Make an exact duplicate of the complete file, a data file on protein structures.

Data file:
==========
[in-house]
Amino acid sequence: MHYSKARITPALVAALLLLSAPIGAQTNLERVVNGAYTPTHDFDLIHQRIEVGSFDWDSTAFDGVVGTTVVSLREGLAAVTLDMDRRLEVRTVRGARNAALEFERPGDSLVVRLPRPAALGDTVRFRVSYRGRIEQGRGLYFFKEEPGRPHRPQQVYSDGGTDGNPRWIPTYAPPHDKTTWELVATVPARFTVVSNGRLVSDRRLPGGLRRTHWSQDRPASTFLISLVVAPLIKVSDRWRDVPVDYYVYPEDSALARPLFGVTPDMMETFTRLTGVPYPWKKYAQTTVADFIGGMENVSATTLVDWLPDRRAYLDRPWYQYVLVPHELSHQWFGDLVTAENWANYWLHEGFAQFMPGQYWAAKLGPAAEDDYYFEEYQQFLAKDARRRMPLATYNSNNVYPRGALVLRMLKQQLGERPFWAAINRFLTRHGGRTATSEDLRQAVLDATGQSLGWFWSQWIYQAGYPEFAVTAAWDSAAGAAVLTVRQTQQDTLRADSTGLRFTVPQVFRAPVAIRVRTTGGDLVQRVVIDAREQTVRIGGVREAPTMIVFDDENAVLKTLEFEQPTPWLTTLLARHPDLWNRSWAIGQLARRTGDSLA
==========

[in-house]
Amino acid sequence: MHYSKARITPALVAALLLLSAPIGAQTNLERVVNGAYTPTHDFDLIHQRIEVGSFDWDSTAFDGVVGTTVVSLREGLAAVTLDMDRRLEVRTVRGARNAALEFERPGDSLVVRLPRPAALGDTVRFRVSYRGRIEQGRGLYFFKEEPGRPHRPQQVYSDGGTDGNPRWIPTYAPPHDKTTWELVATVPARFTVVSNGRLVSDRRLPGGLRRTHWSQDRPASTFLISLVVAPLIKVSDRWRDVPVDYYVYPEDSALARPLFGVTPDMMETFTRLTGVPYPWKKYAQTTVADFIGGMENVSATTLVDWLPDRRAYLDRPWYQYVLVPHELSHQWFGDLVTAENWANYWLHEGFAQFMPGQYWAAKLGPAAEDDYYFEEYQQFLAKDARRRMPLATYNSNNVYPRGALVLRMLKQQLGERPFWAAINRFLTRHGGRTATSEDLRQAVLDATGQSLGWFWSQWIYQAGYPEFAVTAAWDSAAGAAVLTVRQTQQDTLRADSTGLRFTVPQVFRAPVAIRVRTTGGDLVQRVVIDAREQTVRIGGVREAPTMIVFDDENAVLKTLEFEQPTPWLTTLLARHPDLWNRSWAIGQLARRTGDSLA